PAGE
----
Before the change: deb http://ftp.debian-ports.org/debian/ unstable main
After the change: deb http://www.emdebian.org/grip/ unstable main
Figure 2 Changing the apt-line to Emdebian Grip

After changing the apt-line, execute the apt-get update command to obtain repository information. Then, execute the apt-get upgrade command to switch the whole root file system to that of Emdebian Grip.

root@ecovec:~# apt-get update
Get:1 http://ftp.jp.debian.org unstable Release.gpg [835B]
Get:2 http://ftp.jp.debian.org unstable Release [104kB]                        
Get:3 http://incoming.debian-ports.org unstable Release.gpg [835B]             
Get:4 http://ftp.debian-ports.org unreleased Release.gpg [835B]                
Get:5 http://www.emdebian.org unstable Release.gpg [197B]                      
Get:6 http://ftp.debian-ports.org unreleased Release [19.9kB]                  
Get:7 http://incoming.debian-ports.org unstable Release [7968B]                
Get:8 http://ftp.jp.debian.org unstable/main Sources/DiffIndex [2038B]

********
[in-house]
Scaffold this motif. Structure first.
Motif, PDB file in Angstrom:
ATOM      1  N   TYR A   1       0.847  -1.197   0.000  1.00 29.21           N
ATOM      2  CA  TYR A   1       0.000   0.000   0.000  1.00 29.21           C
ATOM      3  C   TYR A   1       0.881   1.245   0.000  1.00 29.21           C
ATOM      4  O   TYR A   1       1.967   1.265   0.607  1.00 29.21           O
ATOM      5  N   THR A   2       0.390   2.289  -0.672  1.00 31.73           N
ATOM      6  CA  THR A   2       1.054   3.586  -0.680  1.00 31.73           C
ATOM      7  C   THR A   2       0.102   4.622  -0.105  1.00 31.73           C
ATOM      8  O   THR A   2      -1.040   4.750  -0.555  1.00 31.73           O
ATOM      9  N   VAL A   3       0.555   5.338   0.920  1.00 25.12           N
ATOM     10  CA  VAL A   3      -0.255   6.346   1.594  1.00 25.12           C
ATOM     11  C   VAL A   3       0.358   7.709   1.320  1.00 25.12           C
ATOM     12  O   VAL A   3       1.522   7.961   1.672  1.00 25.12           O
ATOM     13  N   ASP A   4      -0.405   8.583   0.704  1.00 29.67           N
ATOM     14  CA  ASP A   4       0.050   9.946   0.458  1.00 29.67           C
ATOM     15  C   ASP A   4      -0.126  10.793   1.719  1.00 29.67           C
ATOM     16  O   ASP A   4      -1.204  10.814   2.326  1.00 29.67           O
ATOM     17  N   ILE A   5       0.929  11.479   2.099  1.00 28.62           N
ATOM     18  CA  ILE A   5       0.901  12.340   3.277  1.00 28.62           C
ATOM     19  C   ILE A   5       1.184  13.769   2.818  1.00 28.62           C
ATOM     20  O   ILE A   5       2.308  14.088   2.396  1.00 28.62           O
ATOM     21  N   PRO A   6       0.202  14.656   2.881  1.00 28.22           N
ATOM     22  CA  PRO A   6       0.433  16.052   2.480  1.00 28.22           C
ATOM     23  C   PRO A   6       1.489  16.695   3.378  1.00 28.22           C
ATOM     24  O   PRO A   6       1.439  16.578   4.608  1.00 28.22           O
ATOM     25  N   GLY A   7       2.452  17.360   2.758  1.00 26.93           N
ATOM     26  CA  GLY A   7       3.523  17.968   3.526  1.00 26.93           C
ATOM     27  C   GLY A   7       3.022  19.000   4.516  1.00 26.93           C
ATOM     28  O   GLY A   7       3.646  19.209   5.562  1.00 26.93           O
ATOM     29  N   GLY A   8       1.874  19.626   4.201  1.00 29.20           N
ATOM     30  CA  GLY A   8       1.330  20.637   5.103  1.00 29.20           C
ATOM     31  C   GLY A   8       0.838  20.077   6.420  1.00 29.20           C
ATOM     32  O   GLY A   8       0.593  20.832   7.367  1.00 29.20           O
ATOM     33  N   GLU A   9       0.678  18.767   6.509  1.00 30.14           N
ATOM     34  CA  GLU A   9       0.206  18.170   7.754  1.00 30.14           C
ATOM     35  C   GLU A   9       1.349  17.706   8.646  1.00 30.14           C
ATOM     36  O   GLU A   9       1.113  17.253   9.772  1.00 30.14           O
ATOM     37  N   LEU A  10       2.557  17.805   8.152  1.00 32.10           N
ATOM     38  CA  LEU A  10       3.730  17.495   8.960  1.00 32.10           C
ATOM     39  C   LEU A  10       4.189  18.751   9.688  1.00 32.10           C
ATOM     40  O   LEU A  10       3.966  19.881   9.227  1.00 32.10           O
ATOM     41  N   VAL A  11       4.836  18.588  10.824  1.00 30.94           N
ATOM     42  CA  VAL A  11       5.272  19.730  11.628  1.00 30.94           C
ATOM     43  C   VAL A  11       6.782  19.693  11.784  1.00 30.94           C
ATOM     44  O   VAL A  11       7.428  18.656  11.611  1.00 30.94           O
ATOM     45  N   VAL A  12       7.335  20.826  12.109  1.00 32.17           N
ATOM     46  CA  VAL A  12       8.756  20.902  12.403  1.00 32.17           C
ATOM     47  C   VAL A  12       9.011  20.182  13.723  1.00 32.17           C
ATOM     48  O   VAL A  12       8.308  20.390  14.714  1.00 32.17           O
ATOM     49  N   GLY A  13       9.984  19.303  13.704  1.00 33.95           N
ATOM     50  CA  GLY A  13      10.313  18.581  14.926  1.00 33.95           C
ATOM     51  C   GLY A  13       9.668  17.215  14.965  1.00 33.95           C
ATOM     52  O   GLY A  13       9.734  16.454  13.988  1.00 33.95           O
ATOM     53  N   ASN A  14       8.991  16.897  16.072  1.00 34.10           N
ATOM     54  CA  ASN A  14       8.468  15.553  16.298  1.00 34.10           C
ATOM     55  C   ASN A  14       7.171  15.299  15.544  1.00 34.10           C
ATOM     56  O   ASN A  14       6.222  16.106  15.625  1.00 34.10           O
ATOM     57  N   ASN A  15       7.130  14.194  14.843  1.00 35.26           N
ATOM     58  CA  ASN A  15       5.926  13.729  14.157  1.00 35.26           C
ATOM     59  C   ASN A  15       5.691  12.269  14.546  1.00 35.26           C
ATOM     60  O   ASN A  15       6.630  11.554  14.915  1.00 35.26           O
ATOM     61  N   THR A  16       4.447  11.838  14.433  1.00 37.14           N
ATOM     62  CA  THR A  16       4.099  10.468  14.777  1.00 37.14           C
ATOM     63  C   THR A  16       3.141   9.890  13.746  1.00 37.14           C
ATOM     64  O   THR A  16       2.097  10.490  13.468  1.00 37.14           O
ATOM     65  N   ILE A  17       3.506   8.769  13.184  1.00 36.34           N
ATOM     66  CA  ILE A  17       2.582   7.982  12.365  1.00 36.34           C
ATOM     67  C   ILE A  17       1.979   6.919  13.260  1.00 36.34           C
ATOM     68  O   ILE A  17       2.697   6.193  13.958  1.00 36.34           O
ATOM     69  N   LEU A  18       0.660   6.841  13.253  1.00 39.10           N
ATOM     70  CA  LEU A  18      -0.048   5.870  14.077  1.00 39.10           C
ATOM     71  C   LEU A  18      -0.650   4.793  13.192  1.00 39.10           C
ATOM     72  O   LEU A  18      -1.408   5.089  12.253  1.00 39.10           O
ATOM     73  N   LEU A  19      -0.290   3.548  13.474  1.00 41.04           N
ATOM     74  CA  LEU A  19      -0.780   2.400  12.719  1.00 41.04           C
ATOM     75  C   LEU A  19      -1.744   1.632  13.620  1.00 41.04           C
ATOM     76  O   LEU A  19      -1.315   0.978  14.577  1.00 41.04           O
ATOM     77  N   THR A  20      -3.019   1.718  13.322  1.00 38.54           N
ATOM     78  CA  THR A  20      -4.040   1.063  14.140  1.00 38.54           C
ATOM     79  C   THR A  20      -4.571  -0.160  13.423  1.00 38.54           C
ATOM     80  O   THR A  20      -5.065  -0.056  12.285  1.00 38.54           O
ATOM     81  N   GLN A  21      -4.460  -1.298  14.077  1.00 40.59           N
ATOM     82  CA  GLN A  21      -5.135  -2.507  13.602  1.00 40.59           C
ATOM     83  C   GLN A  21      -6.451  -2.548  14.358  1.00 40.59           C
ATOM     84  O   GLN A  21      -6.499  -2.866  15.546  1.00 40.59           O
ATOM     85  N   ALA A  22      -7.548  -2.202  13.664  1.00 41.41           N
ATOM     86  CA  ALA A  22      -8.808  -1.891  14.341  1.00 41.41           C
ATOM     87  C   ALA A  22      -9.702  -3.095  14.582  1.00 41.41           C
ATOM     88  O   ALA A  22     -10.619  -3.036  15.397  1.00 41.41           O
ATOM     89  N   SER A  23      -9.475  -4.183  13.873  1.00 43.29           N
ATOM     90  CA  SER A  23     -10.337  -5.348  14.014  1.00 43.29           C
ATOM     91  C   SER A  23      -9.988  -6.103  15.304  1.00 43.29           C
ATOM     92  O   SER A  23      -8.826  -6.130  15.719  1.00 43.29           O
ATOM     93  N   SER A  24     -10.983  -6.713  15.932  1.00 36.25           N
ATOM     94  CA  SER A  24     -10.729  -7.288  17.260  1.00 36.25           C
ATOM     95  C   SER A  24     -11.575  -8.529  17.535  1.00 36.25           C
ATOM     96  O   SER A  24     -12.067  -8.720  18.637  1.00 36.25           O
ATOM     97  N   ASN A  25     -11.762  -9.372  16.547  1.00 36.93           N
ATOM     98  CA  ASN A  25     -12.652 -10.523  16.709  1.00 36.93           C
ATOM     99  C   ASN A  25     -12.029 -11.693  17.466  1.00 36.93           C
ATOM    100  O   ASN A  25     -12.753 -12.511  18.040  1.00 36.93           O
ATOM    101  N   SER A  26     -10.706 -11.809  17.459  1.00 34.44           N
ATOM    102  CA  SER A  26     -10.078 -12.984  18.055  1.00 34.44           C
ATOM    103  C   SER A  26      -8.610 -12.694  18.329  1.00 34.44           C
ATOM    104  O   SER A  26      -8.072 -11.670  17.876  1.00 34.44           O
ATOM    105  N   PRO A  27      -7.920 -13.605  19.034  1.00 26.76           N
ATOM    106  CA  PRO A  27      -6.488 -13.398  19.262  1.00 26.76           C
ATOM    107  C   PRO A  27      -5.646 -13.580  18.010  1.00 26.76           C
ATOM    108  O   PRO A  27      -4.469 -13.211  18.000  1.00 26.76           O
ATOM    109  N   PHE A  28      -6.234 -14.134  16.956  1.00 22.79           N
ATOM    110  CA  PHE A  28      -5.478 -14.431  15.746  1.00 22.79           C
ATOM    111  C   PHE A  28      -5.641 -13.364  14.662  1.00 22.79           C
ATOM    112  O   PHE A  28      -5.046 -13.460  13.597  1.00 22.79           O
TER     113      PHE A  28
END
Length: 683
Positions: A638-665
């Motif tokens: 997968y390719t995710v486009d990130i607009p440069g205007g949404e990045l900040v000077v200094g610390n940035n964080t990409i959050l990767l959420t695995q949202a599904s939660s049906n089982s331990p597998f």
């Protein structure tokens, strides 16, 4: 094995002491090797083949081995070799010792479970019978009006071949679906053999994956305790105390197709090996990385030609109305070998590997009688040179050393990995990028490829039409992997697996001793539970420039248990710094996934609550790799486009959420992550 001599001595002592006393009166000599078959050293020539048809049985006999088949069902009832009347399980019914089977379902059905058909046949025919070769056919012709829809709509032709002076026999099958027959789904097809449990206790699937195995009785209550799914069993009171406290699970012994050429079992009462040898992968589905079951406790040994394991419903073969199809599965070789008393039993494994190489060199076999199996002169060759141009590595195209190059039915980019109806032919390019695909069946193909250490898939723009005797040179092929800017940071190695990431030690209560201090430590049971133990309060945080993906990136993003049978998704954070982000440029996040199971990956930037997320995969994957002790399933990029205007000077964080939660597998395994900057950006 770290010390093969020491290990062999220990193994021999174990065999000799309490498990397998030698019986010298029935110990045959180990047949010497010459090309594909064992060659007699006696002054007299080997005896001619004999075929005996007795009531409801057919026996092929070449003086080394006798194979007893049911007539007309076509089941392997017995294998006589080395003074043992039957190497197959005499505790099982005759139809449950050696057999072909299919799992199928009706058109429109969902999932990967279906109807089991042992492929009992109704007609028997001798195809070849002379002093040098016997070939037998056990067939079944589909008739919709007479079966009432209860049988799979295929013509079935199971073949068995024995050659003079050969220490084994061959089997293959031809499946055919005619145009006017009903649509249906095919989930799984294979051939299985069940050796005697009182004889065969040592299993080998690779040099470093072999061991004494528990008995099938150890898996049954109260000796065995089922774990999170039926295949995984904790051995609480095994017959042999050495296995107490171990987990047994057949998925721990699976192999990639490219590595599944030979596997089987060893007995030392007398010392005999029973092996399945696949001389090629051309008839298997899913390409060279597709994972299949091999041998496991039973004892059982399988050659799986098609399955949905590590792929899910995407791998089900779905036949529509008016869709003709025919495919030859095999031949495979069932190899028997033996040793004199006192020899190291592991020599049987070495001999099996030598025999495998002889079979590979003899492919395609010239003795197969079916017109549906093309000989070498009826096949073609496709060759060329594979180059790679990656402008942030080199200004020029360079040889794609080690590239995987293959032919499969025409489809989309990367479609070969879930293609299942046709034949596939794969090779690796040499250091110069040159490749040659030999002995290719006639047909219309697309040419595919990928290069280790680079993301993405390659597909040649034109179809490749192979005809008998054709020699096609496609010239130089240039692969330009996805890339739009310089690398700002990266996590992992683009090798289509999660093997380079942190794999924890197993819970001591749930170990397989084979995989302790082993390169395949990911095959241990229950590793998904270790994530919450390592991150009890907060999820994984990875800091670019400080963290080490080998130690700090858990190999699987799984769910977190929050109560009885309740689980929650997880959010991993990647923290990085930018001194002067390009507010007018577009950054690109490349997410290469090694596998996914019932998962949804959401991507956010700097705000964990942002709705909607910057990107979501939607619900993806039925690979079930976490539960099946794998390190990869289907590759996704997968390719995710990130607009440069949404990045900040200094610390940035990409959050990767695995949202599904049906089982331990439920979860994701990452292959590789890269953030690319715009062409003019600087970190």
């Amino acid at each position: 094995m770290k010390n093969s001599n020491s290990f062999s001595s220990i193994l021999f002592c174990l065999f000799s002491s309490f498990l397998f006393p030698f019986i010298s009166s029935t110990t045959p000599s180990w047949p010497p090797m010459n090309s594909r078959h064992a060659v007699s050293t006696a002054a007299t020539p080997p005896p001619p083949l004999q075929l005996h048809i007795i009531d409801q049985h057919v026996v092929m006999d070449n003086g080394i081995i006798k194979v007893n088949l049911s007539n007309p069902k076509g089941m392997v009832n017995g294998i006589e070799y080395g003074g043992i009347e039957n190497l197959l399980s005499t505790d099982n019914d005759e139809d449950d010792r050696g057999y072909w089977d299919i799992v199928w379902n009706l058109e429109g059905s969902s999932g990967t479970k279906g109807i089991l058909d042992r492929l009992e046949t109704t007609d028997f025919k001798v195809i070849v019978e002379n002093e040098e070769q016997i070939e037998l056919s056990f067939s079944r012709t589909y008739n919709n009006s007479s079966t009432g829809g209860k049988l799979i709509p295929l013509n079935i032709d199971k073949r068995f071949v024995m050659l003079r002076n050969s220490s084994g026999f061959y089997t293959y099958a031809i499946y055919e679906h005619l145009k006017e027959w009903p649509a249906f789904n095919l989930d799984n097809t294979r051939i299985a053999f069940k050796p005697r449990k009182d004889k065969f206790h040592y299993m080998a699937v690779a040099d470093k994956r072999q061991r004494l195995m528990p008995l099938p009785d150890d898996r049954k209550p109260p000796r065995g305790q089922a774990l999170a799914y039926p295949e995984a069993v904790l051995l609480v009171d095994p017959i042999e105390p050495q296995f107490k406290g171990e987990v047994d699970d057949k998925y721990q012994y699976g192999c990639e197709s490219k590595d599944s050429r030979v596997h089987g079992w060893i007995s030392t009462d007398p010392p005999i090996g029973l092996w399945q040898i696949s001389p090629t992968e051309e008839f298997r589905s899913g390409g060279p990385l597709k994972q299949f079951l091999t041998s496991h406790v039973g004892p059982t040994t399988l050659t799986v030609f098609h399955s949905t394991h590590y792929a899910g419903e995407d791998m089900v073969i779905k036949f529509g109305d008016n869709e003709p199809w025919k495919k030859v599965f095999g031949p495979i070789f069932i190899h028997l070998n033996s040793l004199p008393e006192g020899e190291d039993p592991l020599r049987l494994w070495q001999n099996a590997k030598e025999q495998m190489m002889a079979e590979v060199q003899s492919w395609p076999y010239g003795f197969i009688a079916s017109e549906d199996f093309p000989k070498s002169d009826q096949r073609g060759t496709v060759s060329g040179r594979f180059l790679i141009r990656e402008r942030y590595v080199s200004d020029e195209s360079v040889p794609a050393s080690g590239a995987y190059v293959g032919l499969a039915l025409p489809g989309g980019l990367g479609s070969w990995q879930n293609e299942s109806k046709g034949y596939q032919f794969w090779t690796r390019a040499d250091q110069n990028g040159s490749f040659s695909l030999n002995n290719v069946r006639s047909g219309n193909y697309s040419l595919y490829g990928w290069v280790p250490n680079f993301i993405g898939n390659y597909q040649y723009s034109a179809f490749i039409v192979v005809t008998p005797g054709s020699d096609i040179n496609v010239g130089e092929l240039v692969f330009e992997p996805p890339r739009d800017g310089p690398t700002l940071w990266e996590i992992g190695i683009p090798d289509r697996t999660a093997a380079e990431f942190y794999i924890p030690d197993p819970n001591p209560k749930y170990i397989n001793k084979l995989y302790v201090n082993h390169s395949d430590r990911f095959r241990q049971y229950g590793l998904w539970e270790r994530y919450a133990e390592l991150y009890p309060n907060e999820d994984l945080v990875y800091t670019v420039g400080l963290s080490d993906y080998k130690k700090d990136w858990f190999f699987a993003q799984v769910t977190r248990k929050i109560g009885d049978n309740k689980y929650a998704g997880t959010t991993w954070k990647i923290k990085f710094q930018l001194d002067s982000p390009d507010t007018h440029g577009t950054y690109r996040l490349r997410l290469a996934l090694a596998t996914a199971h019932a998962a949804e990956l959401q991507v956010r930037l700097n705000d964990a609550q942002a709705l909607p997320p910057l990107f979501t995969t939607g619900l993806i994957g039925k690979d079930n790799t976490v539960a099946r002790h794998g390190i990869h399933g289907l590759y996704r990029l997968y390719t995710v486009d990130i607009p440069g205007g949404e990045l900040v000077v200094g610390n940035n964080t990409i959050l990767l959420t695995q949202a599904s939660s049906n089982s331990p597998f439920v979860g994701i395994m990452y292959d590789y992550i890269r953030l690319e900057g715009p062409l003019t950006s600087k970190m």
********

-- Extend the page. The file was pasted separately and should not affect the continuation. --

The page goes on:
Get:9 http://www.emdebian.org unstable Release [32.9kB]                        
Ign http://www.emdebian.org unstable Release                                   
Get:10 http://ftp.jp.debian.org unstable/main 2010-06-01-0902.49.pdiff [8554B]
Get:11 http://ftp.jp.debian.org unstable/main 2010-06-01-0902.49.pdiff [8554B]
Ign http://www.emdebian.org unstable/main Packages                  
Ign http://ftp.debian-ports.org unreleased/main Packages/DiffIndex      
Get:12 http://ftp.jp.debian.org unstable/main 2010-06-01-0902.49.pdiff [8554B]
Ign http://incoming.debian-ports.org unstable/main Packages/DiffIndex
Ign http://www.emdebian.org unstable/main Packages                  
Hit http://ftp.debian-ports.org unreleased/main Packages            
Get:13 http://incoming.debian-ports.org unstable/main Packages [22.4kB]
Get:14 http://www.emdebian.org unstable/main Packages [532kB]                
Fetched 732kB in 24s (29.7kB/s)                                                
Reading package lists... Done
root@ecovec:~# apt-get upgrade
Reading package lists... Done
Building dependency tree       
Reading state information... Done
The following packages have been kept back:
  iptables libc-bin libc6 libdpkg-perl libfreetype6 libjpeg62 libncurses5